Ask potential employees about their specific focus/experience...
The "Green Field" encompasses many niches, including: Energy Efficiency, Renewable Energy, Green Building Designers, Green Janitorial Services, Green Landscaping, Carbon Emissions Strategies, Green Fuels and many more. When looking to hire, look specifically at what types of projects candidates have done. For example, renewable power experts will likely not be able to help you conserve energy in your facility, but they can help you produce energy. . In evaluating a potential employee, ask where their passion is... if they just say, "Sustainability", that may be too broad and naive for your needs.
Ask about their professional credentials...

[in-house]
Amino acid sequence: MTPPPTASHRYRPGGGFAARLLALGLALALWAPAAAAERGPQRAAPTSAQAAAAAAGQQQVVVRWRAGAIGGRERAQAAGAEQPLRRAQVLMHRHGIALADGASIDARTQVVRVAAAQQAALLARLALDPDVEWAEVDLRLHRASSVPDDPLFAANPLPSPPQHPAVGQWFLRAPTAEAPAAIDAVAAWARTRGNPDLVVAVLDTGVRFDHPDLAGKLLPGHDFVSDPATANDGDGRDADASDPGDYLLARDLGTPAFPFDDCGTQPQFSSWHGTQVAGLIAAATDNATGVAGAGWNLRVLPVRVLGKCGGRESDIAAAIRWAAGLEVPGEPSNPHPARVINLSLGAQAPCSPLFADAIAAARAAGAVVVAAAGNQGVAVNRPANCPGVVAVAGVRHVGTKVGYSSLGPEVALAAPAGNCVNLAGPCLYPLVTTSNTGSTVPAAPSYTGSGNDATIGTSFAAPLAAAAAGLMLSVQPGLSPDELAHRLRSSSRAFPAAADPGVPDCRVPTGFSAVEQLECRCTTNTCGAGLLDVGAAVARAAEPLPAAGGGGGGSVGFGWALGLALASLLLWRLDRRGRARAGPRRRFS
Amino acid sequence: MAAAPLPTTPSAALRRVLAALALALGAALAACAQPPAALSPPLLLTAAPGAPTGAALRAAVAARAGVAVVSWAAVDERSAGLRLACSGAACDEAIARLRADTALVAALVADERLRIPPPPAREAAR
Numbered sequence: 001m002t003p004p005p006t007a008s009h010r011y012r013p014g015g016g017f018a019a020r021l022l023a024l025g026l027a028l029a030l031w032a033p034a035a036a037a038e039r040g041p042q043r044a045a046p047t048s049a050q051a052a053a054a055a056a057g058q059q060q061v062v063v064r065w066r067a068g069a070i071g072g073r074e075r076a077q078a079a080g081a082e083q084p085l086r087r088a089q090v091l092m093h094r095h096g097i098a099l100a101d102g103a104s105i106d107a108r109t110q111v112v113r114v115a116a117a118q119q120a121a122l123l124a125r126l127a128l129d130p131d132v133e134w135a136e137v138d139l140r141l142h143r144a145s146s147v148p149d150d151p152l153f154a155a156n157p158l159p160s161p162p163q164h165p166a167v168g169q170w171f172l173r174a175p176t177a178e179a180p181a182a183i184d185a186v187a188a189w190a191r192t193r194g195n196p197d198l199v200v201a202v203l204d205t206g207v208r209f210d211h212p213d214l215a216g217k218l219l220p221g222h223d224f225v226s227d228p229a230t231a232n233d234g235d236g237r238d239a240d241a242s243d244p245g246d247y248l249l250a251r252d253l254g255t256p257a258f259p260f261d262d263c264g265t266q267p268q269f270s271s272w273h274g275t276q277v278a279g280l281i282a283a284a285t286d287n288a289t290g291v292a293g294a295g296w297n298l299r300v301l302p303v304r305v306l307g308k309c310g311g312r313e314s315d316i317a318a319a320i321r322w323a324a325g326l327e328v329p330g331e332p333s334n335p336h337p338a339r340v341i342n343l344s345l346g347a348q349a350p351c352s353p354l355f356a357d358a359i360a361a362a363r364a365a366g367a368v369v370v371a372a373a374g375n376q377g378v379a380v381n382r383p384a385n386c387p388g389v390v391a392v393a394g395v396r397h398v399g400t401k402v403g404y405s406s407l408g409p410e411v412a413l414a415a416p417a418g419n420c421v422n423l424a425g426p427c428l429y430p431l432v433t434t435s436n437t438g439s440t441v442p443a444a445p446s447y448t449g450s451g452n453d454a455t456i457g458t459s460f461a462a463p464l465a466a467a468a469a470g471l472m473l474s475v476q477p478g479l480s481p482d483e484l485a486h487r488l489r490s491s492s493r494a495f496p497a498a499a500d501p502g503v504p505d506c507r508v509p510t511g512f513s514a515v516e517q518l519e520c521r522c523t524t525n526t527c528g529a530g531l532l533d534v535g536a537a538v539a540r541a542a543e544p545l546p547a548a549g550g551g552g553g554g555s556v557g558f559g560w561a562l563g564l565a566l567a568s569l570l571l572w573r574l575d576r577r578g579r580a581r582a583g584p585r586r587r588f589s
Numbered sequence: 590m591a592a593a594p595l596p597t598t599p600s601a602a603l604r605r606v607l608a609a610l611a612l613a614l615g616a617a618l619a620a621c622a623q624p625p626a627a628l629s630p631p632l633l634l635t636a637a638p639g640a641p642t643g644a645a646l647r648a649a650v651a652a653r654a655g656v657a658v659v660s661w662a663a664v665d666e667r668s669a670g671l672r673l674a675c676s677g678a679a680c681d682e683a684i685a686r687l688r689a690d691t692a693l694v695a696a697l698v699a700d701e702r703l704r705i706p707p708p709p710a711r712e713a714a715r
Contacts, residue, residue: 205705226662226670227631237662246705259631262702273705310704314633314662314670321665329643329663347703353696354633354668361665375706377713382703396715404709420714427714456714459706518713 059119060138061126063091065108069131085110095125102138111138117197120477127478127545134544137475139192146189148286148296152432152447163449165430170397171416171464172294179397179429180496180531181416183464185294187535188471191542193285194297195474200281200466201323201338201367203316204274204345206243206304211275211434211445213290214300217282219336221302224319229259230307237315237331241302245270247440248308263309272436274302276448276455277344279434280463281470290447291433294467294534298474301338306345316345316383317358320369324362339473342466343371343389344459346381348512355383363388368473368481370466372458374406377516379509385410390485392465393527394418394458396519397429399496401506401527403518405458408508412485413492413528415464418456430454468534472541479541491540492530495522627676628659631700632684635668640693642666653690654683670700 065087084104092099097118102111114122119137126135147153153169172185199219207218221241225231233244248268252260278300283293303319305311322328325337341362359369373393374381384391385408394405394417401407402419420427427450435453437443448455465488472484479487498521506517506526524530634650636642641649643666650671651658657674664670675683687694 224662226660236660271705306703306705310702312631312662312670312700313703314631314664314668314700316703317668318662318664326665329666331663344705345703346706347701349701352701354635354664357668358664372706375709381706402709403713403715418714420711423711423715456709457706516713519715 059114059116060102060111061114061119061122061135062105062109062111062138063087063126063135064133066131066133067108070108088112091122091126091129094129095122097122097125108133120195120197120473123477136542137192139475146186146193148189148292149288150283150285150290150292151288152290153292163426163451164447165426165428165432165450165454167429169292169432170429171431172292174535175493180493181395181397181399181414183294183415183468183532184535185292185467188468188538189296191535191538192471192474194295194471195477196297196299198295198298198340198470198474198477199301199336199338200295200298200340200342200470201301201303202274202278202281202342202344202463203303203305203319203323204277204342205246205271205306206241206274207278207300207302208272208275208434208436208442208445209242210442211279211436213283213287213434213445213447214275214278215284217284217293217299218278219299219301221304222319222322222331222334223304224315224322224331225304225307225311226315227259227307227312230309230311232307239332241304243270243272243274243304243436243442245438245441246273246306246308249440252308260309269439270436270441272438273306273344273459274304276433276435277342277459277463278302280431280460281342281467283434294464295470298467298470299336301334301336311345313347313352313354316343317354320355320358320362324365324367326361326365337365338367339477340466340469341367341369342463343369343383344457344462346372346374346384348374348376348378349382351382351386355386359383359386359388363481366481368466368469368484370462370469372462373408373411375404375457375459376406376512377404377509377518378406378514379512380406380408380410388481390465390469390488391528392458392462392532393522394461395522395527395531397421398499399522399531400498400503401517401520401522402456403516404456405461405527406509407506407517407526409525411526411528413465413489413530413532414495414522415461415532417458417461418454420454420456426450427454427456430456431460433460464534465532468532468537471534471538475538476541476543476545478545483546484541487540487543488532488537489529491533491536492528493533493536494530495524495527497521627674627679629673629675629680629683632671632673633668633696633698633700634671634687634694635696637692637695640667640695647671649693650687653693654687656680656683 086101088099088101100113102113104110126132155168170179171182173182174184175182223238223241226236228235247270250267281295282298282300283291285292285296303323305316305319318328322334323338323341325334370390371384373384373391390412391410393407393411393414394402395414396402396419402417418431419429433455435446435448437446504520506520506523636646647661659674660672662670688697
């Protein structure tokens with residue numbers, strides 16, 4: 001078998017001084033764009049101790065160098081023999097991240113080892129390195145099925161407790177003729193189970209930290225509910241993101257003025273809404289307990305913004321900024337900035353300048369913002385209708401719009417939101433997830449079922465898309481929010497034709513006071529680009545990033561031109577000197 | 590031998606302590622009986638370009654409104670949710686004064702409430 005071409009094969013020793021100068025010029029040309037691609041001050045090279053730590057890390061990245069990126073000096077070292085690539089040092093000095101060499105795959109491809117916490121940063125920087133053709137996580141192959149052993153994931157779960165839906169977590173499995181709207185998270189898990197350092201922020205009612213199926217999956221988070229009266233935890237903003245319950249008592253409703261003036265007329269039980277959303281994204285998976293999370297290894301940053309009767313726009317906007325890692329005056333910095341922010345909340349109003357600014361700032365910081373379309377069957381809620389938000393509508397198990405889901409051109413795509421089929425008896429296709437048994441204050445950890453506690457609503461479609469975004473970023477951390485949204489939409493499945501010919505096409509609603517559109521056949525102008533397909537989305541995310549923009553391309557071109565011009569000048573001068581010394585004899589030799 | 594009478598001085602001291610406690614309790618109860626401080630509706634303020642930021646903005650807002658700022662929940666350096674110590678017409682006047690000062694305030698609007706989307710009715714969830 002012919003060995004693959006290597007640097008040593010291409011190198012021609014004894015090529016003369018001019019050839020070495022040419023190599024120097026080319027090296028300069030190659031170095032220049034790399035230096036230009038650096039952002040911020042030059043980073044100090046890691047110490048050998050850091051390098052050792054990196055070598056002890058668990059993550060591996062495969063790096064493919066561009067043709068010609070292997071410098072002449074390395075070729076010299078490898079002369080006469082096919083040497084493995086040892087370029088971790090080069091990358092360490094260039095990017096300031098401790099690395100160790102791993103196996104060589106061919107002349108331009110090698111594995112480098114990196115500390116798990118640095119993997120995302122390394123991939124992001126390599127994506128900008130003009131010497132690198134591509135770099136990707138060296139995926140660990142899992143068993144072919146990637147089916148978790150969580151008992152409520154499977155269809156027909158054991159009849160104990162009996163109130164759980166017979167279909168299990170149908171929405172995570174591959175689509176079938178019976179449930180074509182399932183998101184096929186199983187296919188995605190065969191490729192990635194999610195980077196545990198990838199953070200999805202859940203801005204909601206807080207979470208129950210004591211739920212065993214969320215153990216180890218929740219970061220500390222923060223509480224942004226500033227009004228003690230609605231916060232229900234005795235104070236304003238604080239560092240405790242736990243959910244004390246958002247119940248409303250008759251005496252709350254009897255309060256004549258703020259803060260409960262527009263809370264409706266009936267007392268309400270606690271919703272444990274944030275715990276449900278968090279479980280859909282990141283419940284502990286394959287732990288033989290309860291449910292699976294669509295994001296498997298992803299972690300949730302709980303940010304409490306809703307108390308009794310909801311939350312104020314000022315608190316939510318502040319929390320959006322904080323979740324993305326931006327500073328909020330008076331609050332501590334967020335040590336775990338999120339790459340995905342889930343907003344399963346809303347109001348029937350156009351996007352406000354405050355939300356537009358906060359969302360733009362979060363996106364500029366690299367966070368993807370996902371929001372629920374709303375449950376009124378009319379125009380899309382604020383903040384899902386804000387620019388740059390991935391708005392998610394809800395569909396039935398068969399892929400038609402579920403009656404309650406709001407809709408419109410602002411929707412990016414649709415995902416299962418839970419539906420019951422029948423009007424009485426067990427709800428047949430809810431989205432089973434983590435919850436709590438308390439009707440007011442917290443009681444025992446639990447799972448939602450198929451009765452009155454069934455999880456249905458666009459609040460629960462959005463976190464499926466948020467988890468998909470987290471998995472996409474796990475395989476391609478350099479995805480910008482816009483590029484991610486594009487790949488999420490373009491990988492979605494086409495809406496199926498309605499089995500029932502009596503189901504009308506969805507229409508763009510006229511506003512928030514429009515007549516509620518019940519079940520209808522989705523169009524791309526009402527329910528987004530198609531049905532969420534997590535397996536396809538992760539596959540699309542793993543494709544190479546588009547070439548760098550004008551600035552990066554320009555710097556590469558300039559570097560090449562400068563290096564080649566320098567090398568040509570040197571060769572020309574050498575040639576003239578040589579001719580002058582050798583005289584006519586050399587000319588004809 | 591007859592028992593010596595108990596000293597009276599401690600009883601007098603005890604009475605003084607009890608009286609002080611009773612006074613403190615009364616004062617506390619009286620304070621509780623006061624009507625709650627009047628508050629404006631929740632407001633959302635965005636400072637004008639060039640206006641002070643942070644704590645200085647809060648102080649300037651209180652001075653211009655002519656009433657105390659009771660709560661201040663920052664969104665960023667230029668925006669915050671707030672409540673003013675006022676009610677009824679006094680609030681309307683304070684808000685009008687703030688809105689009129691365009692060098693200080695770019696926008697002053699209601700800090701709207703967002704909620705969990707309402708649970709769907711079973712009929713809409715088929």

If you are looking to build a new building, you should consider hiring someone who has the "LEED- AP" distinction- it means that they have at least passed a test on "green" building design. LEED means Leadership in Energy and Environmental Design, which is a relatively new distinction among building designers. If you are looking for more technical skills relating to energy management of facilities, consider a Certified Energy Manager (CEM). If you are looking for someone to understand the new area of carbon reduction/strategy, perhaps the Carbon Reduction Manager certification would be important. There are other credentialing systems available in each of the "green trades", so consider people who have at least passed a recognized exam showing competency. It is even better if they are actively involved in a professional association and collaborating with others for further development, as this is a rapidly evolving field. To make the point, consider hiring a computer expert who was only trained to service products up to Windows 95... it wouldn't work very well.